October is a great month to honor and remember all those women who have battled or are battling cancer. It’s also the perfect time for me to share a story about a beautiful person, both inside and out…
If you think back for a moment to January 2010, most of us were making (or breaking) New Year’s resolutions and reminiscing about all of our Christmas fun with friends and family. But, during that same time, one 35 yr. old woman was receiving the heart-breaking news that she had Stage 2 invasive ductile breast cancer.
Holly Birmingham was my son’s teacher that year and I recently had the chance to sit down with her again to talk about her journey. Holly said that the devastating news didn’t seem real at first. Initially, her worst fear was having to undergo chemo and lose her hair. Then, she sadly wondered if she would even live to raise her children, Karli, 10, and Cody, 7.
Like most cancer patients, Holly had to undergo chemo and radiation. She endured sixteen weeks of grueling chemo and thirty-one radiation treatments. But two of the many things that made Holly special, in my eyes, were that she only missed thirty days of school and never seemed to forget her contagious smile at home. Twenty selfless teachers each generously gave Holly a day of their precious vacation time so that she wouldn’t have to take unpaid time off. So, the gift of time here speaks volumes.
I asked Holly how she got through her darkest days and she said, “I got through my toughest days with my mom praying by my side with me and for me. It also helped to have a supportive dad, who was willing to give everything he had to help me pay for my treatments and surgeries. He was always there to lift me up and love me.”
Holly said that pulling herself out of bed on even the roughest mornings to come to school and teach her students was healing in itself. She shared that teaching her students helped her take her mind off of the treatments. Her classroom was the only place where things were still “normal” for her. She said she was blessed that year with a wonderful class and their sweet, innocent smiles brightened her days.
A second grader now, Myra, recalls her kindergarten year with Ms. Birmingham battling cancer. “I didn’t think [of] her being sick because she still taught me every single letter of the alphabet,” said Myra. “The subs were nice, but I loved her the most.” Holly said that all of the teachers and staff were always there to support her as well.
On the day Holly finished her last treatment, her daughter surprised her with a cookie bouquet that she had saved for and purchased with her own money. Holly and her family also took a trip to Colorado to celebrate. In August 2011, when many of us were gearing up for another school year, Holly was gearing up for a beautiful new chapter in her life – one that was cancer-free again. She received word on August 1, 2011, that she had officially beat cancer.
Through all of this, Holly said, “I’ve realized that life is precious and you live each day to the fullest. I also learned that you can’t worry about the small stuff. You learn to treasure and make the most of every moment you do have with your children and family.”
When asked how she was able to “thrive” instead of merely “survive” the ordeal, Holly said she owes the strength to God. She also knew, as a single parent, that her two children were relying on her and depended on her. When a mother is able to dig down deep and find it within herself to keep giving when there doesn’t seem to be anything else left to give – that’s a mom with the Power of P4.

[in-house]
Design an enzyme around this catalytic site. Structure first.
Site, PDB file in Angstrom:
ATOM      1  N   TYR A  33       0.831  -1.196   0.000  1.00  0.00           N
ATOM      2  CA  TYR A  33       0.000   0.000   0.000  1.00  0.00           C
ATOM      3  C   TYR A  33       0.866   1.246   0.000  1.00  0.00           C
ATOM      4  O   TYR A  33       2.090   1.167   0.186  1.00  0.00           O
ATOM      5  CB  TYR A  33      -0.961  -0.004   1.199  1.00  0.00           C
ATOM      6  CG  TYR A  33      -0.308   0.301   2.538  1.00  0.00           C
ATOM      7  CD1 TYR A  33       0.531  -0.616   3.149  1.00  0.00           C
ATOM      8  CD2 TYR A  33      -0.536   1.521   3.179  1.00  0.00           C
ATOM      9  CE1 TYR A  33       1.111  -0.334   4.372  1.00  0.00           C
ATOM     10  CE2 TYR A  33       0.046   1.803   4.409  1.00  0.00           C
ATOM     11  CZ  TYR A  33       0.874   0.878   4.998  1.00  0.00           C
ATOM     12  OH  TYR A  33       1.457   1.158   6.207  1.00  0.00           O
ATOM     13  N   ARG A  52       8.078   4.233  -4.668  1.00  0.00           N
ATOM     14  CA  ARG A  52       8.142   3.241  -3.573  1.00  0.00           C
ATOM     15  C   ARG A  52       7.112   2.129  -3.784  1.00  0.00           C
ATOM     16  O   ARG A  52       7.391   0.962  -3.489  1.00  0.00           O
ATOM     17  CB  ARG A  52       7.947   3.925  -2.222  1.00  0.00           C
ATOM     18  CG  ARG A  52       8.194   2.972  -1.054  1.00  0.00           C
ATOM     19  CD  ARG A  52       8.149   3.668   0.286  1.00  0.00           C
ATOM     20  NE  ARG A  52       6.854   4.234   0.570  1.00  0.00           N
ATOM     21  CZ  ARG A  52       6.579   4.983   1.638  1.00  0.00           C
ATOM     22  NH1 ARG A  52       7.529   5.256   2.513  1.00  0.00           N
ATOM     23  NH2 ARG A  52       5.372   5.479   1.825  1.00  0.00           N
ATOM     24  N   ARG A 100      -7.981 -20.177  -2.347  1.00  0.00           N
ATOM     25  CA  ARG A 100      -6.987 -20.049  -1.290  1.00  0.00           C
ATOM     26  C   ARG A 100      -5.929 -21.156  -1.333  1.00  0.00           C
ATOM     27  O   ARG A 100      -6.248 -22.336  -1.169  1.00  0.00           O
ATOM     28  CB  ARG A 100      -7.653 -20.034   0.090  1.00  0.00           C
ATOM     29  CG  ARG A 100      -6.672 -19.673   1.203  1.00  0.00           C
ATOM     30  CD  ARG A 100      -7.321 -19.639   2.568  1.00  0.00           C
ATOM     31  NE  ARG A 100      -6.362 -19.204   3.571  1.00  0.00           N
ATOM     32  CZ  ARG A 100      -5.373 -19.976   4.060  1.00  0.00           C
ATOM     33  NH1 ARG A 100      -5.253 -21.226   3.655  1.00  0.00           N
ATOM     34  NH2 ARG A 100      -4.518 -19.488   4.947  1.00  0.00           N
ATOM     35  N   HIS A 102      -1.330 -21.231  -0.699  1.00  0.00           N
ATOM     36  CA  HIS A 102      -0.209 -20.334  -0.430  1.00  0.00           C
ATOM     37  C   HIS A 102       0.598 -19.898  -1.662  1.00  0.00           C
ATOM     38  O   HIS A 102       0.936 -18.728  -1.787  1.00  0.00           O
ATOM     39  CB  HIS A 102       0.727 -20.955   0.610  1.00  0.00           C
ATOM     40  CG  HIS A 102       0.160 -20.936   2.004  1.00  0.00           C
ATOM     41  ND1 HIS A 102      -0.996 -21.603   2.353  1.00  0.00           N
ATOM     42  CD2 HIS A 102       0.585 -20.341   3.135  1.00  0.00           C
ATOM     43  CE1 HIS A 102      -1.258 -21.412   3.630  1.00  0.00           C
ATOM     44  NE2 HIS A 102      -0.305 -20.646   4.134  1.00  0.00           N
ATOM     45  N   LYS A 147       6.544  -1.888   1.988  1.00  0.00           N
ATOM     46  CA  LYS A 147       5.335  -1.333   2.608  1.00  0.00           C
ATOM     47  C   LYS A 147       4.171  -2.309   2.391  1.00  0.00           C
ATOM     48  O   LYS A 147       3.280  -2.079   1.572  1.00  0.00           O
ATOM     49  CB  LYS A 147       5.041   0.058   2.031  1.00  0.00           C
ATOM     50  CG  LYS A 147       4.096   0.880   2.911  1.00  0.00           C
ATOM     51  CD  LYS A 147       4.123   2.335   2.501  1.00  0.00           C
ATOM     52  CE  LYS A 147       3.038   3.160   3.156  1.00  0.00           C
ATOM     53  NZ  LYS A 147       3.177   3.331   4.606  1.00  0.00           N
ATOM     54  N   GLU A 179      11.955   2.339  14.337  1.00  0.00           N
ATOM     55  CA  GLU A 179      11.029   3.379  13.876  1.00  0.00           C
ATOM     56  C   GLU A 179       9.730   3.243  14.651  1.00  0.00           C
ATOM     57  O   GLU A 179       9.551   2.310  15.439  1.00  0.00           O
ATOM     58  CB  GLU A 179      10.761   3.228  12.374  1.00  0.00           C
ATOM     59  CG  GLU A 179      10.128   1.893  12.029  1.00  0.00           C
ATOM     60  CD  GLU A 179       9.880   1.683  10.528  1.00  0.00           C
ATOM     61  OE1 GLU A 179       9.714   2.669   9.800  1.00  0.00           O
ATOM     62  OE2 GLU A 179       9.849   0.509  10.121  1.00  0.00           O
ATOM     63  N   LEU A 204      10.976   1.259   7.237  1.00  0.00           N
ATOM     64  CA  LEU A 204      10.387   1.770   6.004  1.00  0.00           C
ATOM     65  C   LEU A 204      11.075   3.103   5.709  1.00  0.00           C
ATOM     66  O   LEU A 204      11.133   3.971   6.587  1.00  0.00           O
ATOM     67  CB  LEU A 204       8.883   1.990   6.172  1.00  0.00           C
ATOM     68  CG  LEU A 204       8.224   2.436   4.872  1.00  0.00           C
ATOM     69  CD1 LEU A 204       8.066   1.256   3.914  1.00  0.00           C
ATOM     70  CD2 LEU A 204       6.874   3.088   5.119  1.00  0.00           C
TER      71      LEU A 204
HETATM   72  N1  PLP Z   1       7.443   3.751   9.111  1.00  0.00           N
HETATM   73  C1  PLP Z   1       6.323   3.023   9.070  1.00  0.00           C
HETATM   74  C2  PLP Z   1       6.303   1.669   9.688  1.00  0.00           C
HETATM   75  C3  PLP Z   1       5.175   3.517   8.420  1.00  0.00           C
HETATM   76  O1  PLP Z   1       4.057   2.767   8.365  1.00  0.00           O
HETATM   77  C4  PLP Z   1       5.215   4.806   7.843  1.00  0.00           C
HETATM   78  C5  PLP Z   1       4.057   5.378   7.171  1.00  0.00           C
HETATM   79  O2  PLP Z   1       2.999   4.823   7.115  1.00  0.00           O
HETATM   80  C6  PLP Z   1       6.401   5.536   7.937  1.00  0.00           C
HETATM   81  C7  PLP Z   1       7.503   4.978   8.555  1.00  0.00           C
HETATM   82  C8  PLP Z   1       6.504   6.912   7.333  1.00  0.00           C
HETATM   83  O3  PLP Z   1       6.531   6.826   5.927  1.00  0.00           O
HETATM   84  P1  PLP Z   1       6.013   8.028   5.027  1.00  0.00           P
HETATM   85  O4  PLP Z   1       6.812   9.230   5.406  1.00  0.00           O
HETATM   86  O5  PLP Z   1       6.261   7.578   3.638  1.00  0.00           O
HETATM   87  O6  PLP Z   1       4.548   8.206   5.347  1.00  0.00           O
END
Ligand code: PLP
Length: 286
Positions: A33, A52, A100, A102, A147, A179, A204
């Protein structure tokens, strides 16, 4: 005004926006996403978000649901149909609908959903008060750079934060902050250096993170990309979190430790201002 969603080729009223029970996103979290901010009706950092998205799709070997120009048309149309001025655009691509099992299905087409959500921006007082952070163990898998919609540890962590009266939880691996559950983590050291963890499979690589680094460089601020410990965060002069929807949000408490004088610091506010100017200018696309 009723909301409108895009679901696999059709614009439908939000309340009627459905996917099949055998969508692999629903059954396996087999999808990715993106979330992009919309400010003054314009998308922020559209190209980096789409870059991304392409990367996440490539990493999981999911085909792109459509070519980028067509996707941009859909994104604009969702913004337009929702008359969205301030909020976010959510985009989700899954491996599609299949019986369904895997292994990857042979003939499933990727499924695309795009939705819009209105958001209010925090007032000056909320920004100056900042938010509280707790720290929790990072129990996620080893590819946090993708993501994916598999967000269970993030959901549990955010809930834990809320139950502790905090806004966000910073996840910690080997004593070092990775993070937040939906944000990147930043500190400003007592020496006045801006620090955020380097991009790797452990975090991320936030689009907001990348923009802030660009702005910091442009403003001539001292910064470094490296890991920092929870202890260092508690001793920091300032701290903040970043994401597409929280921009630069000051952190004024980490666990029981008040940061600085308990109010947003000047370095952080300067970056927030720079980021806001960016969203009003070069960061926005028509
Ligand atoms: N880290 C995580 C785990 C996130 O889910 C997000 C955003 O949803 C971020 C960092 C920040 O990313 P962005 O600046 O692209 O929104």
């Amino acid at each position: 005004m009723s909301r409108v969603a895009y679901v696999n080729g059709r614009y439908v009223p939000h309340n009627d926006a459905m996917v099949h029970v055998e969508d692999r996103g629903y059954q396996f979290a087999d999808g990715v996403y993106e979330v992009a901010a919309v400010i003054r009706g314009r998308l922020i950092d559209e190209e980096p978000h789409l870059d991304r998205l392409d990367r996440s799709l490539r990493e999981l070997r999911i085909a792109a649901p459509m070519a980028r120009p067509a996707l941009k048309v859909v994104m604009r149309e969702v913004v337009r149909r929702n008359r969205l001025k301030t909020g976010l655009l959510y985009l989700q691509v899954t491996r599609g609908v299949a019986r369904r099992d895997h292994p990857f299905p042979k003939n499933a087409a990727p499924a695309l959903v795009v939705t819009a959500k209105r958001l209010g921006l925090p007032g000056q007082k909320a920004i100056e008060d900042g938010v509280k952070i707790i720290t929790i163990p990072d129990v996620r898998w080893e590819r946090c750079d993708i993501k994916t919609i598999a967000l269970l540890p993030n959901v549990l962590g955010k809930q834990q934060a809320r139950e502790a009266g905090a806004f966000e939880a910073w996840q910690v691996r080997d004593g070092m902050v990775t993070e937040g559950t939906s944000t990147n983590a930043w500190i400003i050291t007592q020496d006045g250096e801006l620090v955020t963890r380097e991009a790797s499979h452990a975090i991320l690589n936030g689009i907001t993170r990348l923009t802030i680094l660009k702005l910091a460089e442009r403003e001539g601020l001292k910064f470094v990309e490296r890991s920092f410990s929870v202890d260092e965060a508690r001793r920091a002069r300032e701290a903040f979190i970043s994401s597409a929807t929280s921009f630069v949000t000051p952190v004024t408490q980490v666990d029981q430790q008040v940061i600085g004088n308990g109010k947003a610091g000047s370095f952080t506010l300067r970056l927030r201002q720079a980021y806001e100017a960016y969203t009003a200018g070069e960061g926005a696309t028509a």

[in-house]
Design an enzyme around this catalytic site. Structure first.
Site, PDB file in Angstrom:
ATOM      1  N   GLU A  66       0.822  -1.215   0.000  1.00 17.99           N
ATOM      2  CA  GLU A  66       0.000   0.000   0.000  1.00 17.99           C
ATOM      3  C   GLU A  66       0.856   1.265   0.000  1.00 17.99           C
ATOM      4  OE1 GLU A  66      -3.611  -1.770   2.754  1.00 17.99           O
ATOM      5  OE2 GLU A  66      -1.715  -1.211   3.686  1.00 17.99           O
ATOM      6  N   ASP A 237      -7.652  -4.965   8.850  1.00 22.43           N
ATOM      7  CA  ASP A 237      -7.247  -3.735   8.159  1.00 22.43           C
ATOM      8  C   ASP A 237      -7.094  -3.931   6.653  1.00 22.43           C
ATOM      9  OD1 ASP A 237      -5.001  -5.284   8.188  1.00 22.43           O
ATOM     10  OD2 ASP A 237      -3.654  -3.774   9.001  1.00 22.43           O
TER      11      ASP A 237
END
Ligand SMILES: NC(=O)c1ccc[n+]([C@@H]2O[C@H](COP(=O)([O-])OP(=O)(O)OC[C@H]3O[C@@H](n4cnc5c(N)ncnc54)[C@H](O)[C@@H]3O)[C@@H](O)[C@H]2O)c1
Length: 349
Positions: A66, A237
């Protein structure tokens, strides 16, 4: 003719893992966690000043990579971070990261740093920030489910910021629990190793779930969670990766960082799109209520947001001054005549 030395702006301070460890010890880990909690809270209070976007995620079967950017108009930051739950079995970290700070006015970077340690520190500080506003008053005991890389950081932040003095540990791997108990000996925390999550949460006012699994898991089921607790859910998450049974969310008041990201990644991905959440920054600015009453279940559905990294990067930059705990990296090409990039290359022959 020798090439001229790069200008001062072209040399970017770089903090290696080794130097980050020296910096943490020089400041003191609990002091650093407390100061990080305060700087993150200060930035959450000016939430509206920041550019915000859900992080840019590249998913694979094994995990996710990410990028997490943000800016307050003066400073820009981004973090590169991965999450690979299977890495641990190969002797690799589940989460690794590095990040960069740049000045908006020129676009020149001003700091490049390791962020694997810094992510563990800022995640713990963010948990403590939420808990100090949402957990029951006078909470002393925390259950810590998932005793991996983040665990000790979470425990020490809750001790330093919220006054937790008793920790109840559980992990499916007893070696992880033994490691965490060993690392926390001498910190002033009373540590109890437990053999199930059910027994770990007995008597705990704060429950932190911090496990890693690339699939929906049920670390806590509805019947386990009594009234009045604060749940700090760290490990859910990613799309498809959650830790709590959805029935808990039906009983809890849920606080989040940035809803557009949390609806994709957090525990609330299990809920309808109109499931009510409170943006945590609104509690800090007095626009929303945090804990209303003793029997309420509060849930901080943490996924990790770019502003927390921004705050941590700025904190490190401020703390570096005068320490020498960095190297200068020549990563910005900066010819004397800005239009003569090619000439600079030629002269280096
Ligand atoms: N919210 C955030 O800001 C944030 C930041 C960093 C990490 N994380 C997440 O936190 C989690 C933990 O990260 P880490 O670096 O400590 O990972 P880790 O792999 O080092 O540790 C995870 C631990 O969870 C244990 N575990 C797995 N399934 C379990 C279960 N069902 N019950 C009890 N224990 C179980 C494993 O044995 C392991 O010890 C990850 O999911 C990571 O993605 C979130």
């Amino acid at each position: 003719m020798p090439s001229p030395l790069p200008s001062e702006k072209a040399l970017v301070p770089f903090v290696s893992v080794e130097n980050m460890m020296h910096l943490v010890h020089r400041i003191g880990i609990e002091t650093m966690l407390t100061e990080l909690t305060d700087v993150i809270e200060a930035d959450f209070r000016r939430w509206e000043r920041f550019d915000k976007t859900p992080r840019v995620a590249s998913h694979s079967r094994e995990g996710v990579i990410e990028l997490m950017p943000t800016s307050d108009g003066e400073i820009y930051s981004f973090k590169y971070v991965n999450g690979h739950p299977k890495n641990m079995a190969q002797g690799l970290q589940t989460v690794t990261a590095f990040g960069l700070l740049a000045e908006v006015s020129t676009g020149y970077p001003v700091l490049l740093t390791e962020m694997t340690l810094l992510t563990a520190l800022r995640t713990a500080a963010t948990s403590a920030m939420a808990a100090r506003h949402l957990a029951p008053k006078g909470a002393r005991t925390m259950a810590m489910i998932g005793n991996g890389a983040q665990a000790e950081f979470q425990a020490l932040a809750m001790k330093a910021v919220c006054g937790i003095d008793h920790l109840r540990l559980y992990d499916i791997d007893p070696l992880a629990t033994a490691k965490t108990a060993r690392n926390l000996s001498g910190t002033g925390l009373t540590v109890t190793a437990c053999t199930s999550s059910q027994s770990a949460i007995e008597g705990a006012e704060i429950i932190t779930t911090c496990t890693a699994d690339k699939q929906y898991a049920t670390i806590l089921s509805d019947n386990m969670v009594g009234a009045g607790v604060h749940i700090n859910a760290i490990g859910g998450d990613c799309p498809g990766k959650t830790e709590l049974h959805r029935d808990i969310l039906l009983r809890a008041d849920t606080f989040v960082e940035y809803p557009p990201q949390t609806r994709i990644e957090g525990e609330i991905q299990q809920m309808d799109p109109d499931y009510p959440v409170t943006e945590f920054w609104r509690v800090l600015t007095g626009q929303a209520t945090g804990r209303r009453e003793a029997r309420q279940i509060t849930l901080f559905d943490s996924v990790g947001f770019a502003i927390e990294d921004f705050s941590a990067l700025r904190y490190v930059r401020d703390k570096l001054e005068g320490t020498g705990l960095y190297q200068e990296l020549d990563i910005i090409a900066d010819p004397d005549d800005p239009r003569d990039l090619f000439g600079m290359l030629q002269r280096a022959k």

What is P4? It stands for PINK, PRAYER, PEOPLE and being POSITIVE. All of the things Holly mentioned that helped her beat cancer fell into these categories:
PINK – Her automatic e-mail signature is signed in pink on purpose – a daily reminder of her courageous strength. Pink is for the amazing determination of all women who have battled or are battling cancer. Pink also reminds us to continue supporting cancer research.
PRAYER – Holly puts her faith in God. When she doubted, she remembered that when there was only one set of footprints, that was when He carried her.
PEOPLE – Holly’s children, family and friends were there for her. They even organized a benefit in June 2010 to help Holly with her medical expenses. They were there to listen…to love…to lean on.
Being POSITIVE – Holly said that keeping a positive attitude was crucial – “Act the way you want to feel.” I was constantly mesmerized (still am) by Holly’s ability to keep her spirits high. I’m quite certain that teaching a room full of five year olds involves some challenging days from time to time. But wiping tears was something she lovingly did for them, instead of the reverse.
When Holly’s daughter, Karli, was asked in school to write about the person she admired most, it’s not surprising that she chose her mom. Karli wrote, “I admire her because she’s the kindest person I know. Not only is she the kindest person, but she’s the strongest person I know. She was diagnosed with cancer in 2010 and was still strong for me and my brother, Cody. No matter how bad she felt or if she was weak, she was always there. While she was going through her cancer, my mom and dad got a divorce, which was really hard on us. I think about her everyday. These are the reasons I admire my mom the most.”
The white snow that blanketed the earth during Holly’s Brackenridge vacation was refreshing and renewing, as it reminded her of how she too was “blanketed” in the Power of P4 during her journey with cancer. We are inspired by you, Holly, and all women who look cancer directly in the eyes and battle it with all their heart and soul. Thank you for being you!